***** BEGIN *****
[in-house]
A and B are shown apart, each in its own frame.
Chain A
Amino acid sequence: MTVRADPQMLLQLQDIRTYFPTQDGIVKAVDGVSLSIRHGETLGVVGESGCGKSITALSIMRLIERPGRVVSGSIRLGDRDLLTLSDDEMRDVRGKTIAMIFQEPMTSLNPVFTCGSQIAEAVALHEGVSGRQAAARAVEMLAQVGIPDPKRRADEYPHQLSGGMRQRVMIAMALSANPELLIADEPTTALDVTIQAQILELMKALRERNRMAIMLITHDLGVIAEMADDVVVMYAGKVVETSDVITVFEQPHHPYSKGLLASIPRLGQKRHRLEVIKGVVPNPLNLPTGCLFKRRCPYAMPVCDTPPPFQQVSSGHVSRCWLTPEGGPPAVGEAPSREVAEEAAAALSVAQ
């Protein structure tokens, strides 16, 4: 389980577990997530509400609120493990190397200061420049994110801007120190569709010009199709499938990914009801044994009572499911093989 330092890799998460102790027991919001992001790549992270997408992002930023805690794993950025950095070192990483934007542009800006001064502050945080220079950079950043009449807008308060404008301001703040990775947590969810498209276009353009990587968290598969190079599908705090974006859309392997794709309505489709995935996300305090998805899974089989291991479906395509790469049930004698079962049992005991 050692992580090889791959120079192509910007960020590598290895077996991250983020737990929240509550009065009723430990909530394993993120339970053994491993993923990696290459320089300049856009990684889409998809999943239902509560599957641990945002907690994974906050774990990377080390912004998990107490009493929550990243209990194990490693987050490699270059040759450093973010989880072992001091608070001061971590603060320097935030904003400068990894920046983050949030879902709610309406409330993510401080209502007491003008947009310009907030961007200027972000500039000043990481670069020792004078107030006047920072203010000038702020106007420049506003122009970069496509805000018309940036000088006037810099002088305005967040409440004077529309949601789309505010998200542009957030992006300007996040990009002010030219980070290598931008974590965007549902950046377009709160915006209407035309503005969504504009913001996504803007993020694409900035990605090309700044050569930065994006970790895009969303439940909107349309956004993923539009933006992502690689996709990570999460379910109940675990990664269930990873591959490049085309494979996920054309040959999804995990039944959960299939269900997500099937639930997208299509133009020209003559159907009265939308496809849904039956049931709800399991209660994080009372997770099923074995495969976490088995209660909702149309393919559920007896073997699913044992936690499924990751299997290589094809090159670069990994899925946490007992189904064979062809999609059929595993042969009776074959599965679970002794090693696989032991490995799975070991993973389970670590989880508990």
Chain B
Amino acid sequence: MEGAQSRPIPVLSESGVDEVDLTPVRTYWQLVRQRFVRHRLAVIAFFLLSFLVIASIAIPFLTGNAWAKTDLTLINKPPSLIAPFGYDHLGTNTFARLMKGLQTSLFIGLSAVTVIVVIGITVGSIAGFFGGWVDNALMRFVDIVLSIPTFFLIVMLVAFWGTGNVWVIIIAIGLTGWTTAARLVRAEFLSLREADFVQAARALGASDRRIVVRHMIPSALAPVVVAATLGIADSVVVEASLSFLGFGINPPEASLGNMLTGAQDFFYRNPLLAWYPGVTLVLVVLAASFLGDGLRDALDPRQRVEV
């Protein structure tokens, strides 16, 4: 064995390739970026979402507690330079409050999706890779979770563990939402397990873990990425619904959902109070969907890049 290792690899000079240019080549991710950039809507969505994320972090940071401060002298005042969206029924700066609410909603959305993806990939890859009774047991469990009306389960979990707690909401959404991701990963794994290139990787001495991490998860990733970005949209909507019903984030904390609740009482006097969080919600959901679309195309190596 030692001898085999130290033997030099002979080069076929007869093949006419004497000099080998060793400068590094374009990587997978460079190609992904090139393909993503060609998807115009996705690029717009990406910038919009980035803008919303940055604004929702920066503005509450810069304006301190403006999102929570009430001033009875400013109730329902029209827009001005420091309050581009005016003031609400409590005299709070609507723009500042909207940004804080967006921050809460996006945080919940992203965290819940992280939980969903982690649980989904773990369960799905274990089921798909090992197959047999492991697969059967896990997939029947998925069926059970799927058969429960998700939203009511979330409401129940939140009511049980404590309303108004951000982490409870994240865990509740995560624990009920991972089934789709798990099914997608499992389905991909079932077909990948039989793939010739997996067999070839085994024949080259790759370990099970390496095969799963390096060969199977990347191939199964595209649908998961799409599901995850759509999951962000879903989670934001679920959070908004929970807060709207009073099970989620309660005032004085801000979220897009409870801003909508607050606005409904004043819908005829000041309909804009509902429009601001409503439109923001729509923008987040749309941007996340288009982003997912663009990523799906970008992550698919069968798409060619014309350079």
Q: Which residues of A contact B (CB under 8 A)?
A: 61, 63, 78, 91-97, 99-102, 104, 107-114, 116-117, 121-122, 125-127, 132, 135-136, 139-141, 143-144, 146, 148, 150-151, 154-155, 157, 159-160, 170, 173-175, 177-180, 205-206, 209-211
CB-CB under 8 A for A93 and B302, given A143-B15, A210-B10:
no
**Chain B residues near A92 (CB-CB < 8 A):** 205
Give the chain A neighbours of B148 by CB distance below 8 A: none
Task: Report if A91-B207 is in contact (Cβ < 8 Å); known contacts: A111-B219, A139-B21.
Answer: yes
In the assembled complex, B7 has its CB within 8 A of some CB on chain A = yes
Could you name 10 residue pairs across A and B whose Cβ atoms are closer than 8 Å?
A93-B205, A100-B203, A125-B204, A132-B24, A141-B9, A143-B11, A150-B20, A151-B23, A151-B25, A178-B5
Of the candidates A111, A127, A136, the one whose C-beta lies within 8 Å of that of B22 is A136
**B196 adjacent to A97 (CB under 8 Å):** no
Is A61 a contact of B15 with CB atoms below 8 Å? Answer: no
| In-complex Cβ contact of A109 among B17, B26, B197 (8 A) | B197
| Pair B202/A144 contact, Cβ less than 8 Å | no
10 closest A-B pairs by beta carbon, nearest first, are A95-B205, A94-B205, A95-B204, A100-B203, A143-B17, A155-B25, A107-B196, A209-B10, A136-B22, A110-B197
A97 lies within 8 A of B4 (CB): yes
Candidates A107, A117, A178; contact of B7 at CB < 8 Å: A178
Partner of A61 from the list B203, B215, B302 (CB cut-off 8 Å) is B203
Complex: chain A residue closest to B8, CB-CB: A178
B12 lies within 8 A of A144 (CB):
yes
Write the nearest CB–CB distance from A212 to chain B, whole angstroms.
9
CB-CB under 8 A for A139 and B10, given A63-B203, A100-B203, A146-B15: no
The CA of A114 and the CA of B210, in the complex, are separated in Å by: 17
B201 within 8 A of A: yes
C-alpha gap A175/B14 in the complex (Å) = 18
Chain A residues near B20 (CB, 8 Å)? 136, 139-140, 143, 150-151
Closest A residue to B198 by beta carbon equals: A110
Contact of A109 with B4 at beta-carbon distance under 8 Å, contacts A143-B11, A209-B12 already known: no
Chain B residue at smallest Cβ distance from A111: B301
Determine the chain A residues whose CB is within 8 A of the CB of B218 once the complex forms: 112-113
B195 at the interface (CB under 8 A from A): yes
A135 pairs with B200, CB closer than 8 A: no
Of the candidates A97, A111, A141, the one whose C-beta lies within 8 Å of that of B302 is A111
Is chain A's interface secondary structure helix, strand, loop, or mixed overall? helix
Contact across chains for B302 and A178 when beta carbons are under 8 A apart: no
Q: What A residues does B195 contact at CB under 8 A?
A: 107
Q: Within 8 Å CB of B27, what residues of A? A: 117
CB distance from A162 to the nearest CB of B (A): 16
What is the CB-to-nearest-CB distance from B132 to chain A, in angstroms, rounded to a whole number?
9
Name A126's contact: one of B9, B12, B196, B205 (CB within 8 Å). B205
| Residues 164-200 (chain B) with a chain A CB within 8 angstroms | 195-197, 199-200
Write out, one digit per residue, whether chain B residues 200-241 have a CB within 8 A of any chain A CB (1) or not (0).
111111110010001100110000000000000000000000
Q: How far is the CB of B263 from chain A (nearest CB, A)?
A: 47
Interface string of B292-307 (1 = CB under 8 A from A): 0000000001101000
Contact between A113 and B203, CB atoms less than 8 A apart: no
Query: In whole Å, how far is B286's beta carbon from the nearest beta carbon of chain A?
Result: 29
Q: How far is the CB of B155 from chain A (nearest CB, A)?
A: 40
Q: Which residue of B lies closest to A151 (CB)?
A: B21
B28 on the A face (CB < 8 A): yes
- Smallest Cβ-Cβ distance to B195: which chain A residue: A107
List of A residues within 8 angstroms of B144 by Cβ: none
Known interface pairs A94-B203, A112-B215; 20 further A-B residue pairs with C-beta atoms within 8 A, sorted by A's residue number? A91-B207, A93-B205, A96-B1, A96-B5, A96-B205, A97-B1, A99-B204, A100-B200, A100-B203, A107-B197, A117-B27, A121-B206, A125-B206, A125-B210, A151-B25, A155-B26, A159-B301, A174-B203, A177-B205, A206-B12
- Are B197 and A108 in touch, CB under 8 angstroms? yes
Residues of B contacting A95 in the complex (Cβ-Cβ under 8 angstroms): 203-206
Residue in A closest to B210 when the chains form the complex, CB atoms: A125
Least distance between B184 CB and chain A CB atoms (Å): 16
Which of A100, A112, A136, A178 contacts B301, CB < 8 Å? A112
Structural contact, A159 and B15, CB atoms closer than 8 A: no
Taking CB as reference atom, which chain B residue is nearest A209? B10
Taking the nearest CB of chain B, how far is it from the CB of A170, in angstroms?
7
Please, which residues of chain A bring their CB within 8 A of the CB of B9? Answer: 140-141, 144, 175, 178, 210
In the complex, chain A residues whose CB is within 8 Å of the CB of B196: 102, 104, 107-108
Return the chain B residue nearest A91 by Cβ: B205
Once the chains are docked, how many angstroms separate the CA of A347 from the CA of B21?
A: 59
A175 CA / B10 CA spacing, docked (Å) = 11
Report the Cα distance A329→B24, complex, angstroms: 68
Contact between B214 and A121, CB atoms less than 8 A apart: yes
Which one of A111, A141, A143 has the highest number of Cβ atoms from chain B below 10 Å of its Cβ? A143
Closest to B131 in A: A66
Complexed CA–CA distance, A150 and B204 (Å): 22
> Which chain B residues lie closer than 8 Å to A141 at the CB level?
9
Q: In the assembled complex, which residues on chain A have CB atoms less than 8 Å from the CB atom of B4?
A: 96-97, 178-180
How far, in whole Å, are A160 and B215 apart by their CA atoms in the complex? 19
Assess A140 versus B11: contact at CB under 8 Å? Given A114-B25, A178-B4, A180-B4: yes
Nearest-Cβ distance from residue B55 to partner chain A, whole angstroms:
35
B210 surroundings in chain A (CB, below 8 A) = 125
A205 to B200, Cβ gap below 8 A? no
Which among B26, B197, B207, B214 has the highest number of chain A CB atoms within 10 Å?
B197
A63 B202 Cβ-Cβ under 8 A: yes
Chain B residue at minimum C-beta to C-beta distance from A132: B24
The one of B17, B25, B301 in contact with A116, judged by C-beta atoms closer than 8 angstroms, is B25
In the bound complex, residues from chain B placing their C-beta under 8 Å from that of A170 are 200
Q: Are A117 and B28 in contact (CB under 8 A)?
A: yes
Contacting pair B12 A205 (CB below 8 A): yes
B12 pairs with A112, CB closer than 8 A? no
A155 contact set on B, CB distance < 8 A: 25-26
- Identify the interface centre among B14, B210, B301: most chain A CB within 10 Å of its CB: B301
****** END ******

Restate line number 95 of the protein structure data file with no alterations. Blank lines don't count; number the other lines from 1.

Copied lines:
A: 96-97, 178-180